Dance, Punk, Dance!

I’m not always sure what dance punk means. Yeah, I know what each word means. ‘Dance’ is that thing you do when you think nobody’s looking or when you’ve consumed too much of an intoxicating substance. Punk? That’s the jerk next door whose dog poops on your welcome mat (you know who you are!). Put them together and you’ve got a messy buzz.

I’ve been told that Gang of Four is one of the best early examples of dance punk. As advertised, they do have four members and I can see how they might be a bit punky. They do come across as a little angry and political. The music is a bit strident and piercing. Dancey? Yeah, I suppose, that bass/drum combo would motivate a suitably intoxicated person into rhythmic writhing. There is adequate syncopation. OK, I accept that definition. Dance punk, it is. Is it good? If you’re in to the art-rock phase of Wire, it’s awesome. However, my opinion of them is based on one album, Return the Gift, in which the band just re-records their own songs (who says you can’t have a do-over?).

Of course, the definition of dance punk doesn’t always fit well. Let’s start with the Rapture. Not the apocalypse, the band. The Rapture could be considered dance punk (Wikipedia prefers “dance-punk”). The guitar sound is piercing and casually dissonant. The vocals are not conventionally pretty, but occasionally sound like the scream of a wheezing asthmatic. The dance part is clear whether in the bouncy or loopy keyboard lines, or the occasionally assertive bass, or even the cowbell – (Don’t Fear) the Rapture. Don’t get me wrong. I like this a lot. In classic snob fashion, I like the earlier work better than what follows. Still, when you can’t decide between the Yeah Yeah Yeahs and Afrika Bambaataa, the Rapture is a good compromise.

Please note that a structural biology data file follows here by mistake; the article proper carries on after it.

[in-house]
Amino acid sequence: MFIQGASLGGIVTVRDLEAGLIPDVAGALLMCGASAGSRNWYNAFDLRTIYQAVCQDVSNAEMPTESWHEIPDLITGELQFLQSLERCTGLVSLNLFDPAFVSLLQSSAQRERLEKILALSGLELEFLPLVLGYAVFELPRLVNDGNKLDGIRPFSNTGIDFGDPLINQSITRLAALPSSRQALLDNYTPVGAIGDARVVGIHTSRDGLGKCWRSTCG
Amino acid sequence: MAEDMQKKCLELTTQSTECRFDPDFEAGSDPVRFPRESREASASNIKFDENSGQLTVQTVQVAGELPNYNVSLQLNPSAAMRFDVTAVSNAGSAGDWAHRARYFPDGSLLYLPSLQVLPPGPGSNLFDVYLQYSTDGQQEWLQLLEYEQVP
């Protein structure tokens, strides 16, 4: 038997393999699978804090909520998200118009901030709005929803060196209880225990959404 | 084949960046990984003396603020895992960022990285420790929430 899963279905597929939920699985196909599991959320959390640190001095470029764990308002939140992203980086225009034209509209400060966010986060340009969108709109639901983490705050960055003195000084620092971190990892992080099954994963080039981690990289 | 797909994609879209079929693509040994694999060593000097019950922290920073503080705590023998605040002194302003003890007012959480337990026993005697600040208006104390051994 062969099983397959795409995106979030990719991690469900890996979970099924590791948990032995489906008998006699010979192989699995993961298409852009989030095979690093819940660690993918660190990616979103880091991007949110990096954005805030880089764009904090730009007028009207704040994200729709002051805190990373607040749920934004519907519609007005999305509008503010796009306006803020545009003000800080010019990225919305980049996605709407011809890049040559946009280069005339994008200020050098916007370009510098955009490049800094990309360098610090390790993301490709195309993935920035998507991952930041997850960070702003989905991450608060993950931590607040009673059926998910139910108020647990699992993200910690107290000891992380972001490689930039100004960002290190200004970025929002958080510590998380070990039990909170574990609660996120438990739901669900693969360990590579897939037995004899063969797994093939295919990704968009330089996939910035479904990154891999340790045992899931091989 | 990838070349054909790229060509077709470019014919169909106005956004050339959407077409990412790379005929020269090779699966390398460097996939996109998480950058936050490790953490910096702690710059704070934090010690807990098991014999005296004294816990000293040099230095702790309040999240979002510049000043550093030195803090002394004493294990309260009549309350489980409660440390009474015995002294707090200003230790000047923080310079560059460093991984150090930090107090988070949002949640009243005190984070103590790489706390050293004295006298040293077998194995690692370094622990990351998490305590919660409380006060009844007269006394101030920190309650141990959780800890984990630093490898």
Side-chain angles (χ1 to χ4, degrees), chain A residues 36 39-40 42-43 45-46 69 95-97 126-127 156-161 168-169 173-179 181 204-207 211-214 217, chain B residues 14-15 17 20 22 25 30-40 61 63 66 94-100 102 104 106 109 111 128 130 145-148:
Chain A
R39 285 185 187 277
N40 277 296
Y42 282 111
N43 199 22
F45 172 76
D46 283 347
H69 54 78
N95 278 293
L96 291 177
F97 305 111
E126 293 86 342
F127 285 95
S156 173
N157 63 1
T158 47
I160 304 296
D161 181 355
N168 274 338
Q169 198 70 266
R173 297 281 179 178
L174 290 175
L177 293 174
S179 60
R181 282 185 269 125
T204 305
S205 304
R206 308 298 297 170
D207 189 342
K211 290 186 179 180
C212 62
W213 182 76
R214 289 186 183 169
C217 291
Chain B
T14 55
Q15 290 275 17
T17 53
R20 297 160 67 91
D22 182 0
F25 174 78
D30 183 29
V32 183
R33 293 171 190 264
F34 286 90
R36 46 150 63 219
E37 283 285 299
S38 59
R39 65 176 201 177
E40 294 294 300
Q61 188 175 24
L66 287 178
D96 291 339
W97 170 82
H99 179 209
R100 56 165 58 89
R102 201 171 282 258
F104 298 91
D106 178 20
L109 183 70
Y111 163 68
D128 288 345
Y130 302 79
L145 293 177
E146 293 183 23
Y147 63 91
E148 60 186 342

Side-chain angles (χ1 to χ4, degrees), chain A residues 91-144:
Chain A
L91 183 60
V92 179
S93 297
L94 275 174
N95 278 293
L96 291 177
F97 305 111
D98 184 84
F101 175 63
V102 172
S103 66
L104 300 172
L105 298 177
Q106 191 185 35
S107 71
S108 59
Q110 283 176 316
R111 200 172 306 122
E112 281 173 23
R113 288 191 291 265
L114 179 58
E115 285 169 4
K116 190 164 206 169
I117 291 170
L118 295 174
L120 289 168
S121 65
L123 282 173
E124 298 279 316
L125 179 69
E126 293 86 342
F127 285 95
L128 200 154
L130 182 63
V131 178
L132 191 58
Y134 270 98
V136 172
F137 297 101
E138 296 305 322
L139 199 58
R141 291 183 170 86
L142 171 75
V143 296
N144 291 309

Just one step away from the Rapture is !!! (to which I say ???). In looking around, !!! has been described as dance punk. I don’t see it, but, when you have a band name you can pronounce however you want, that’s punk. To me, this is musically only a small step from the Rapture. The guitars and vocals are less strident, but the groove remains. I don’t like them quite as much, but that’s probably more my fault, since I only purchased their later albums. I’m lazy in my snobbery. They really wowed me at first, but now it’s become nice mix filler, but not for more than 2 songs in a row.

Another step away is Does It Offend You, Yeah (a/k/a DIOYY). The vocals become a little more urgent, but the dance features are much more prominent. Notice the synthesizer being used like a guitar. The music does fit with dancing, but it’s more an angry dance, a dance of vengeance. I’m not sure whether I’m a fan yet or not. I love it now, but I can see a !!! pattern developing here where I lose my enthusiasm.

The last step is Daft Punk and they are not punk. They are danceable and, occasionally, annoyingly repetitious. Quick aside. I was in a Vancouver hotel room, across the street from a pro-marijuana protest (friendliest, mellowest protestors imaginable!) when I first saw the Around the World video. I REALLY don’t like the song, but the video was great! I’d never seen a video where the performers act out the music, rather than just dance. Back to Daft Punk. They are NOT punk … but then I already made that point. They are, however, a little like DIOYY, with all harshness removed.

the Rapture in concenrt

Start: Dance punk with the Rapture





Daft Punk at O2 Wireless Festival

End: not dance punk with Daft Punk




So, by starting with real dance punk, in only a few small steps we are completely outside of punk. Is it just me, or is that a narrow genre?

Am I wrong?